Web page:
Study examines the safety, efficacy of old ‘forgotten’ antibiotic for treating resistant bacterial infections

Ryan M. Cason
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2bddbb7d3c30075c742dd23d4db2a917 Study examines the safety, efficacy of old ‘forgotten’ antibiotic for treating resistant bacterial infections c44de2c2f6a22148920853b6064b939665e11b4eb32c534b74b1579fd1ba4be9

The results make it possible to expand the treatment options for infections for which few alternatives exist, while at the same time helping to avoid increasing resistance to the usual drugs. To this end, the study looked at the safety and efficacy of intravenous fosfomycin, an old “forgotten” antibiotic, as a possible treatment for bacterial infections resistant to the most commonly used antibiotics.

The study was carried out between June 2014 and December 2018 and involved 22 Spanish hospitals. Now the results are being published are analyzing the data collected over that period. The findings are based on the analysis of 143 adult patients with invasive urinary tract infection by multidrug-resistant strains of E. coli.

The impact of these results lies in being a possible substitute for the “last resort” antibiotics currently used, which may help to prevent the overuse of these antibiotics causing more resistance. As such, the renewed use of fosfomycin, whose effectiveness has been shown, is excellent news for patients concerned. The study also revealed that there are risk groups for whom this drug is not recommended, namely patients over 80 years of age or patients with heart failure.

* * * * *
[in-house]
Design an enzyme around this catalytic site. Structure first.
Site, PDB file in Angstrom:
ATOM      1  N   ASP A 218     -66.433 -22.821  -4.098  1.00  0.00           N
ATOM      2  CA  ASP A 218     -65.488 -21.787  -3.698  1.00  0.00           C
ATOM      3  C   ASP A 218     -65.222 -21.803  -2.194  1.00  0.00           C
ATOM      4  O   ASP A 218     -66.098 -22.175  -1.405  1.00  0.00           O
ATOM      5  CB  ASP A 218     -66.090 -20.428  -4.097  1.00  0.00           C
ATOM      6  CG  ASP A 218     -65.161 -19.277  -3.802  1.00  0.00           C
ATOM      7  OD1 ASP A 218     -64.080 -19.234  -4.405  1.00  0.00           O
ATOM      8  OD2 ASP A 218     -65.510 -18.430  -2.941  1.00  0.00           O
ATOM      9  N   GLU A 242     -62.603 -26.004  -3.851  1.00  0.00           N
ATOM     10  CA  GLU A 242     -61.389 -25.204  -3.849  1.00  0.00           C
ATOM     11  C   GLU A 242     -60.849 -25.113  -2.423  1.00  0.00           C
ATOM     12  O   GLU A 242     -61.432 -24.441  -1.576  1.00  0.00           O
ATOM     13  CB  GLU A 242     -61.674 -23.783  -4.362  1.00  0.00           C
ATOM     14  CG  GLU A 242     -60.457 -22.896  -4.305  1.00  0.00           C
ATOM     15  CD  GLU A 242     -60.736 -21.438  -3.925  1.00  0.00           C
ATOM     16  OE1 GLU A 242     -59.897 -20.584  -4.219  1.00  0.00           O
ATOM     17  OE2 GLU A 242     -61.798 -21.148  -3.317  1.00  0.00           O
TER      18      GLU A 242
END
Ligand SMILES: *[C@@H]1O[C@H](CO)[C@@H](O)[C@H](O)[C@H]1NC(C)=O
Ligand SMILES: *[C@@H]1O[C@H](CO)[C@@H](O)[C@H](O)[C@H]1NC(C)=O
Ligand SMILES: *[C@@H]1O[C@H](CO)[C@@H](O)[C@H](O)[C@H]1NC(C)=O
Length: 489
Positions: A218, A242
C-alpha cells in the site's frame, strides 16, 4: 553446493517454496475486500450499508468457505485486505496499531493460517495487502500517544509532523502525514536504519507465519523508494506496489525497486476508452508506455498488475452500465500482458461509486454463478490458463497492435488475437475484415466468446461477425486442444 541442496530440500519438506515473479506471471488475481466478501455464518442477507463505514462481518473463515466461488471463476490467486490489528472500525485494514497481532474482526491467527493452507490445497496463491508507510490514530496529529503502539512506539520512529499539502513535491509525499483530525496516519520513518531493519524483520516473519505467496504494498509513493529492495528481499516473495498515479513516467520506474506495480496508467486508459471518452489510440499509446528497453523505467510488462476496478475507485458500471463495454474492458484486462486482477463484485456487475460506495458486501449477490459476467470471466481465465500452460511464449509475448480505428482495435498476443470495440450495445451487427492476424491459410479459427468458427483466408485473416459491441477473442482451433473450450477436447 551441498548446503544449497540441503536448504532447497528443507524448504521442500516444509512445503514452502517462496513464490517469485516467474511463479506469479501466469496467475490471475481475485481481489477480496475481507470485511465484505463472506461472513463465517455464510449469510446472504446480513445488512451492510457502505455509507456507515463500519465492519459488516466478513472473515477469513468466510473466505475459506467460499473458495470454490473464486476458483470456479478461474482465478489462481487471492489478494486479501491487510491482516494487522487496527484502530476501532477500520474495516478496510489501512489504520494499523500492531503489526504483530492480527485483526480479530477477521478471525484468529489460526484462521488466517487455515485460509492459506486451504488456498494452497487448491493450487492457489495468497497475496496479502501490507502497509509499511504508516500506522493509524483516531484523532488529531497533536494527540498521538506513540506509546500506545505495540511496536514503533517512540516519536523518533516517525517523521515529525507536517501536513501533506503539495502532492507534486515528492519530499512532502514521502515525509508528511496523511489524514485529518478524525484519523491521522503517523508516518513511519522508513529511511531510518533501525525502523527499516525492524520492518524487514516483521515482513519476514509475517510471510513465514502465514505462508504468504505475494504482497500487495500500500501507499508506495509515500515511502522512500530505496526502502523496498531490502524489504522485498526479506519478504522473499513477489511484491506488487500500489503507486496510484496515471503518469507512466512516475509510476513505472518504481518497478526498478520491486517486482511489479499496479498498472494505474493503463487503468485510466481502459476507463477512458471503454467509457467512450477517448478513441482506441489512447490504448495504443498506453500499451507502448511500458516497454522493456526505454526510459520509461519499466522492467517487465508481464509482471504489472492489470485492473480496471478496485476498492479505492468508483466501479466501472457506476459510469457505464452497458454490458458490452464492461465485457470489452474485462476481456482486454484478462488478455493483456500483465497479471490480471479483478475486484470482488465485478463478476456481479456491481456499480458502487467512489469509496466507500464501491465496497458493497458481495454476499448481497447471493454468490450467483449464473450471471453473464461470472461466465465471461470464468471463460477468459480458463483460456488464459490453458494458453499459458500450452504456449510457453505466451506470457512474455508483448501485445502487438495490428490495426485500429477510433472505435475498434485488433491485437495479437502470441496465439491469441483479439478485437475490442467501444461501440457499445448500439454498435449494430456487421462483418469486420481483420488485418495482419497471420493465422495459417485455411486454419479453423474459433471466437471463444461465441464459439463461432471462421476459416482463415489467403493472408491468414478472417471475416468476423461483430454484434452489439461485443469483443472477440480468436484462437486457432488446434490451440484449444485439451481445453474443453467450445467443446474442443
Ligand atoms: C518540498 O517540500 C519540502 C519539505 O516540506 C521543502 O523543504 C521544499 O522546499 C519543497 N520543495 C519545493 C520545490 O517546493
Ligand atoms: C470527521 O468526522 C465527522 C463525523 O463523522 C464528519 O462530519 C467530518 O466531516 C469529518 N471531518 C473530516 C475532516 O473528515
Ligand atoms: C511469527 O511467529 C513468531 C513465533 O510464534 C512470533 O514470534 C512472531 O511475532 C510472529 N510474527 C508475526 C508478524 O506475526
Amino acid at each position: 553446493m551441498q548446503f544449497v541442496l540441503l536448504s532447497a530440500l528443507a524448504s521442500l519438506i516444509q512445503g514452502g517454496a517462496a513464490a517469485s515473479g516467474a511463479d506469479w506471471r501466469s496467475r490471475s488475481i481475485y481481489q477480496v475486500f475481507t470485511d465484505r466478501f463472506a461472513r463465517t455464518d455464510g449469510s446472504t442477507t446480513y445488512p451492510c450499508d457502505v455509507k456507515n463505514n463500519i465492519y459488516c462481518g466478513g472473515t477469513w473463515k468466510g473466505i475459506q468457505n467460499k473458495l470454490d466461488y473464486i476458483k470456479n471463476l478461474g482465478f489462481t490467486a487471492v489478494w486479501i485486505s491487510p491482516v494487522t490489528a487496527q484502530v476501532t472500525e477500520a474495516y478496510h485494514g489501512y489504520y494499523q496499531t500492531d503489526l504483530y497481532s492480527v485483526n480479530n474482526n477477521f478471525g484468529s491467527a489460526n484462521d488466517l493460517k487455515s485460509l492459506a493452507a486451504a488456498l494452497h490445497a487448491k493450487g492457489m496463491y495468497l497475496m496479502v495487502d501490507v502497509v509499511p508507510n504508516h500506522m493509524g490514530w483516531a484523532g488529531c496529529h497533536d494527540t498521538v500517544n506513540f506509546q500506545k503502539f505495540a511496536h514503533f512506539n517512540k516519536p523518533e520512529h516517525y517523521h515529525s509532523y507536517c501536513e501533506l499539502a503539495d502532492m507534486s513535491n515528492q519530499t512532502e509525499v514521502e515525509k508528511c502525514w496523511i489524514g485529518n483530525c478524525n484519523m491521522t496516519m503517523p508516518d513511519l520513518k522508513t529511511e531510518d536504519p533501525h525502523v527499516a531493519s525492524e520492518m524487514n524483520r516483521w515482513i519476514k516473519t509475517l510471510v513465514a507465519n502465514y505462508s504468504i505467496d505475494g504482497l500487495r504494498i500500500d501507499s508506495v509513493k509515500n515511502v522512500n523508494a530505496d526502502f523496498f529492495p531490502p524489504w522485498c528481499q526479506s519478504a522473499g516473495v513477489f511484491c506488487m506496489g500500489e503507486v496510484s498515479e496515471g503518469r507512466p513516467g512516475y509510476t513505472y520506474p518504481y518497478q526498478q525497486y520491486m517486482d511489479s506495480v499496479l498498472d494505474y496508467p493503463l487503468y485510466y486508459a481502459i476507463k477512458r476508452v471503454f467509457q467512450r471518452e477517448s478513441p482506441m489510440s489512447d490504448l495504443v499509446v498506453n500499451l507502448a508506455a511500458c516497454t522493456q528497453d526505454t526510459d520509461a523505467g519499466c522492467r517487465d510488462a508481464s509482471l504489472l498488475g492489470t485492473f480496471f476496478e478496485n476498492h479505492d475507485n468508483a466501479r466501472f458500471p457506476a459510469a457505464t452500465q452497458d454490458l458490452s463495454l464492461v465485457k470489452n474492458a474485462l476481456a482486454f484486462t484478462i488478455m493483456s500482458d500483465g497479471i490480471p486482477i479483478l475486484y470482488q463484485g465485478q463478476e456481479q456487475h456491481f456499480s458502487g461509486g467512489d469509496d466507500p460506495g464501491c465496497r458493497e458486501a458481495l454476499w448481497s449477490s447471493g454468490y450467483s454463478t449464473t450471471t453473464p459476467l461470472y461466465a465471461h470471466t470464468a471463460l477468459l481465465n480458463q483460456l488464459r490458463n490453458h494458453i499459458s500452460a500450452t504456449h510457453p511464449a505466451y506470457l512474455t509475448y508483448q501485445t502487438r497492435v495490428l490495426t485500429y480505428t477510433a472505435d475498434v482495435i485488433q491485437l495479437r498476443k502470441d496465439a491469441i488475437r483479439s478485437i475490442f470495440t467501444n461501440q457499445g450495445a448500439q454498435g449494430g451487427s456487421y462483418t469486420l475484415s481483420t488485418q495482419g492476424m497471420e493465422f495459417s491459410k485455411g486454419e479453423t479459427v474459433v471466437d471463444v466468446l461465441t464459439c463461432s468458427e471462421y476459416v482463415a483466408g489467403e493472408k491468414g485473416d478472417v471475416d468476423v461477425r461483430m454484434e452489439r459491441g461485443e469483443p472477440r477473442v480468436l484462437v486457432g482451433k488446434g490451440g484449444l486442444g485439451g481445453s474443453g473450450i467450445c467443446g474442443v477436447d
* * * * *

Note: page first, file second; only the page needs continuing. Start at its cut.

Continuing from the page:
The trial was conducted in conjunction with the Spanish Network for Research in Infectious Pathology, and was funded by the Carlos III Institute of Health. It has been published in the journal JAMA Network Open, the main authors being Dr. Jesús Sojo, Dr. Inmaculada López-Hernández, Dr. álvaro Pascual and Dr. Jesús Rodríguez Baño of the Hospital Virgen Macarena.

University of Seville

Journal reference:

Sojo-Dorado, J., et al. (2022) Effectiveness of Fosfomycin for the Treatment of Multidrug-Resistant Escherichia coli Bacteremic Urinary Tract Infections. JAMA Network Open. doi.org/10.1001/jamanetworkopen.2021.37277.

Story first appeared on News Medical

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